The SDG Impact of COVID-19 podcast series gathers expert opinion exploring the impact of COVID-19 on the Sustainable Development Goals. In this segment, we get the view of Susan Myers, Strategic Advisor at Goal 17 Partners.
The health sector has an important role to play in terms of offering culturally appropriate and relevant care, tackling racism in the health care sector, improving engagement with Indigenous partners, and advocating for decolonizing policies that give control of health and wellness to the Indigenous people of Canada.
Background: The WHO Director-General has issued a call for action to eliminate cervical cancer as a public health problem. To help inform global efforts, we modelled potential human papillomavirus (HPV) vaccination and cervical screening scenarios in low-income and lower-middle-income countries (LMICs) to examine the feasibility and timing of elimination at different thresholds, and to estimate the number of cervical cancer cases averted on the path to elimination.

The Economics of Education, Second Edition, 2020, Pages 133-147

This book chapter addresses SDG 8 and 10 by investigating how different racial or ethnic groups in many societies are not getting either equal access to human capital investment opportunities or equal treatment in labor markets, or both.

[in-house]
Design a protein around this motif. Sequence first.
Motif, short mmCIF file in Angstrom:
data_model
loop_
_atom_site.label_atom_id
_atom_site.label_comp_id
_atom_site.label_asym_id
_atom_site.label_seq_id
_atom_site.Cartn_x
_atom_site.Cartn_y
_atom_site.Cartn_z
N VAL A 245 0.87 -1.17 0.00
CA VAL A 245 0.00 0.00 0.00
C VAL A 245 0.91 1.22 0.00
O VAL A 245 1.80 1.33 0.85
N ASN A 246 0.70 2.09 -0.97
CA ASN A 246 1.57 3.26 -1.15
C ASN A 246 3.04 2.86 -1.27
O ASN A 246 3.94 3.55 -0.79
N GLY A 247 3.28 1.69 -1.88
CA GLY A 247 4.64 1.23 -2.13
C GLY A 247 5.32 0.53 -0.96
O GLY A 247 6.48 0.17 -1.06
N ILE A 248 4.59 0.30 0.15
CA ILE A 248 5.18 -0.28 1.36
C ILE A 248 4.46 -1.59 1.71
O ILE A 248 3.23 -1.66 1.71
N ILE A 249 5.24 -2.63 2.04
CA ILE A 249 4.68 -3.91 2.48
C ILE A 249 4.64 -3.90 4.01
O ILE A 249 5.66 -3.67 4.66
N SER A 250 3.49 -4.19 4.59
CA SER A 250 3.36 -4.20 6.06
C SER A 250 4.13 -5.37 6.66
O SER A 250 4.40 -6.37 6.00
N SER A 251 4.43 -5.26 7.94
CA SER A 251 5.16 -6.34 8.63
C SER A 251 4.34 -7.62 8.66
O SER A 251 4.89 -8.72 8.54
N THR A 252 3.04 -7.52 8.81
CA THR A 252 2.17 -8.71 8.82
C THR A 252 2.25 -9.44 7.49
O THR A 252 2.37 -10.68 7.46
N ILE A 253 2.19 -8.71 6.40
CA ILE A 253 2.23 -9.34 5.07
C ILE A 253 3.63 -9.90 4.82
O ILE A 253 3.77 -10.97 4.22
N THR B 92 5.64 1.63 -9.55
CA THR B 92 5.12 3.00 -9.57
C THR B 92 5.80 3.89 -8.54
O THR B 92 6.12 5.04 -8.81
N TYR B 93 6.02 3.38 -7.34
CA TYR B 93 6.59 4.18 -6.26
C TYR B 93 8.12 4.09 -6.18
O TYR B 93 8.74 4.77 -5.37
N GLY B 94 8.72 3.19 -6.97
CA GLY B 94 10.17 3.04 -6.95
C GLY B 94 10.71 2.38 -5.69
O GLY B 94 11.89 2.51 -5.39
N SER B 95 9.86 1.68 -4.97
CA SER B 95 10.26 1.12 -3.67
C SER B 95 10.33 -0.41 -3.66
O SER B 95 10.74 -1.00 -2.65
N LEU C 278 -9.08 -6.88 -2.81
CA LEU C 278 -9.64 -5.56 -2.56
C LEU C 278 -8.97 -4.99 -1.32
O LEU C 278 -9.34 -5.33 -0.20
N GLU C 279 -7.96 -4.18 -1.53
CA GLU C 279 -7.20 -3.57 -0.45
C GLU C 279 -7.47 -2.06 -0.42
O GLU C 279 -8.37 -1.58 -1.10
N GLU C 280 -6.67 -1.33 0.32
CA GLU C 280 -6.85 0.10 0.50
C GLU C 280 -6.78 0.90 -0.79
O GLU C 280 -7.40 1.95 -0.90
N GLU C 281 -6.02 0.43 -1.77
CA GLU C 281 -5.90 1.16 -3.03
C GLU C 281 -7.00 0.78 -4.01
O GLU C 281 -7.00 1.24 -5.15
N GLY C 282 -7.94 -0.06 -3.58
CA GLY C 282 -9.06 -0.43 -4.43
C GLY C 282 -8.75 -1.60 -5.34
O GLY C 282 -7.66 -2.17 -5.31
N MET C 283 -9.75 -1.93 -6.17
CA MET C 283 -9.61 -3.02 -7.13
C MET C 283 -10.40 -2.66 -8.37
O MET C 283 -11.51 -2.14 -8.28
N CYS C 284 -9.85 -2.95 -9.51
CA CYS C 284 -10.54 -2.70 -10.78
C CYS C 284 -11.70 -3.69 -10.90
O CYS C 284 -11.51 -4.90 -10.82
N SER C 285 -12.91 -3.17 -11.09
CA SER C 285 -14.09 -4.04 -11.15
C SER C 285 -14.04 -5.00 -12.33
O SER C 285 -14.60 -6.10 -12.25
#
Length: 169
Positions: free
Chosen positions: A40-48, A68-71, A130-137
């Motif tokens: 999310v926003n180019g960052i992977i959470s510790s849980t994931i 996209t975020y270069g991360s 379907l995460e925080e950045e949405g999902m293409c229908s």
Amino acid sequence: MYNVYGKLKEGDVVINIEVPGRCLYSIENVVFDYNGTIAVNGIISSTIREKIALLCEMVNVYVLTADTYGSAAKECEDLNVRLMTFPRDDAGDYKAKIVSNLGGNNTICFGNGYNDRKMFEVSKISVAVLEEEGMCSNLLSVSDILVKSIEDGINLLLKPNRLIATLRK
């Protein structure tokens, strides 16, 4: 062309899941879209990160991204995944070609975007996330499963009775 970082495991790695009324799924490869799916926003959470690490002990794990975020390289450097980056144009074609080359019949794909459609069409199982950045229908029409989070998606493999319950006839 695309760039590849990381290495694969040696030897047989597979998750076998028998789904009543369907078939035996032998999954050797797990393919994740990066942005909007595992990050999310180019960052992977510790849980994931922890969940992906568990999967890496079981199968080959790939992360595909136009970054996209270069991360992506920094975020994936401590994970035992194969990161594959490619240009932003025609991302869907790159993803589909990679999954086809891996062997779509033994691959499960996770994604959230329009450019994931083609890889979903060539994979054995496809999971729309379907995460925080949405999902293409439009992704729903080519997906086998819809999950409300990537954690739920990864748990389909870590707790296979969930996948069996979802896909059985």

Over US$60 trillion is predicted to be spent on new infrastructure globally by 2040. Is it possible to meet UN Sustainable Development Goal (SDG) 9 (develop infrastructure networks) without sacrificing goals 14 and 15 (ending biodiversity loss)? We explore the potential role of “no net loss” (NNL) policies in reconciling these SDGs.
There are increasing policy and market drivers for removing chemicals of concern from manufacturing processes and products. These drivers have centered primarily on developed countries. However, global activities through the United Nations, individual countries, and advocacy organizations are increasing concerns about chemical impacts in developing countries and economies in transition as well. While reducing the use of chemicals of concern is a primary goal, eliminating such substances without thoughtful consideration for their replacements can lead to regrettable substitutions.
The SDG National Reporting Initiative was launched to facilitate greater information-sharing on SDG reporting between international, regional, and local communities, furthering SDGs 16 and 17. This report summarises the state of SDG reporting as well as challenges and successes identified during the implementation of the SDG National Reporting Initiative.
Advancing goals 13 and 16, the inaugural World Forum on Climate Justice will bring together leading civil society groups, academics, business representatives, members of the public, and policymakers to foster new thinking and explore pressing topics in climate justice advocacy, research, policy and practice as we adapt to reach the 1.5°C goal.